Mexico and Brazil

Latin American banks join global climate initiative as critics pounce

Bnamericas Published: Monday, September 23, 2019
Latin American banks join global climate initiative as critics pounce

CEOs at the largest banks in Latin America and the Caribbean (LAC) are hailing the signing of a UN-led climate agreement committing 130 global banks that hold US$47tn in assets to what have been dubbed the UN's Principles for Responsible Banking (PRB).

The initiative, coordinated by the UN’s environment program (UNEP), is timed to coincide with the UN Secretary-General’s Climate Action Summit on Monday following worldwide protests last week calling for action to address the unfolding global calamity.

It also comes amid strong reservations from NGOs and environmental groups that the newly inked agreements lack teeth to end the most destructive climate practices.

“Aspirational initiatives for the banking industry such as these latest principles have a habit of cropping up every few years,” wrote Johan Frijns, founder of financial watchdog group Banktrack. “They also have a habit of not bringing about discernible positive change – either within the banking sector or, more widely, in society.”

What it does

The PRBs in the main agreement, signed Sunday, are aligned with the Paris Agreement on Climate Change and Sustainable Development Goals (SDGs) with signatories now having agreed to “massively scale up” their contribution to reaching the goals set out in those accords.

Signatories have committed to the following: aligning their portfolios “to reflect and finance the low-carbon, climate-resilient economy required to limit global warming to well-below 2, striving for 1.5 degrees Celsius”; “taking concrete action, within a year of joining, and use their products, services and client relationships to facilitate the economic transition required to achieve climate neutrality”; and “being publicly accountable for their climate impact and progress on these commitments.”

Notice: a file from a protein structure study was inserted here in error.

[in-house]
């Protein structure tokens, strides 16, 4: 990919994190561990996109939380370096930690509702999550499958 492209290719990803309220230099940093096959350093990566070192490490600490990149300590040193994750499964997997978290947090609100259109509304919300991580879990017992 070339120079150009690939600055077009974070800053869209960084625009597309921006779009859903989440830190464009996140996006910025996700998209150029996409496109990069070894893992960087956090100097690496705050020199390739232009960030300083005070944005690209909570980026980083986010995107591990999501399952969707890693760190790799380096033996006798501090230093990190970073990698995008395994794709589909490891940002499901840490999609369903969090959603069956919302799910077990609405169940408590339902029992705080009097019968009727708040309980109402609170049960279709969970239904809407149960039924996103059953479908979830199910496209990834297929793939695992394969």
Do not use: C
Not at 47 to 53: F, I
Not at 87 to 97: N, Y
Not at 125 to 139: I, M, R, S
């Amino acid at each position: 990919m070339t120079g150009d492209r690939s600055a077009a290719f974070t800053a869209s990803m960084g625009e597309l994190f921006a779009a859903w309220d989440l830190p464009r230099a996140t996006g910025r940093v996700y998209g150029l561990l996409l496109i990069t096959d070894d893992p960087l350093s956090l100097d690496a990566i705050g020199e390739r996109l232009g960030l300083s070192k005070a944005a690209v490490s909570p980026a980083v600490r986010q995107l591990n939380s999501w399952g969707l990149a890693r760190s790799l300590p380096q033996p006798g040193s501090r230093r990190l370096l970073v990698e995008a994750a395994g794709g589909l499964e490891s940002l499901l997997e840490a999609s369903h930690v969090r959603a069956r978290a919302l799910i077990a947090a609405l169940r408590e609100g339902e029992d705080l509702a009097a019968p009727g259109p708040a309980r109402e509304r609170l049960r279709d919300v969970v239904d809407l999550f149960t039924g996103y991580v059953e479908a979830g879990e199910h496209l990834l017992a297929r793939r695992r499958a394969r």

Implementation of the initiative includes several milestones through the 4-year mark, with a full reporting and self-assessment on the PRBs submitted publicly within 18 months of signature. While accountability measures are set to kick in at four years, it remains unclear whether any external actions could take place against those institutions not conforming to the PRBs.

In a separate event on Monday, 12 of the world’s largest institutional investors, framed as the Net-Zero Asset Owner Alliance, signed a similar agreement to “commit to transitioning their investment portfolios to net-zero greenhouse gas emissions by 2050, consistent with a maximum temperature rise of 1.5°C above pre-industrial temperatures.”

This group – founded in 2019 and representing US$12tn in assets – includes major insurance and reinsurance groups like Swiss Re, Zurich, Allianz, as well as other large investors including AMF, Folksam Group, Storebrand.

Tempered celebration 

CEOs of signatories operating in LAC have lined up to express their support of the UNEP initiative, including strong words of commitment from Ana Botín at Santander, Carlos Torres Vila at BBVA, Jean-Laurent Bonnafé of BNP Paribas, Candido Bracher of Itaú Unibanco and Carlos Hank González of Banorte.

“The principles represent an important, collective step forward which will enable us to take further action on climate change and build a more sustainable and inclusive economy,” said Bonnafé.

While welcoming such words and the agreement on PRBs, many environmental and corporate watchdog groups are already raising criticism over the lengthy timelines and lax guidelines built into the agreements.

A joint civil society statement released by 22 global environmental and citizen groups cited reservations over the PRB agreement, noting the “considerable leeway to signatory banks as to what is expected of them, and by when.”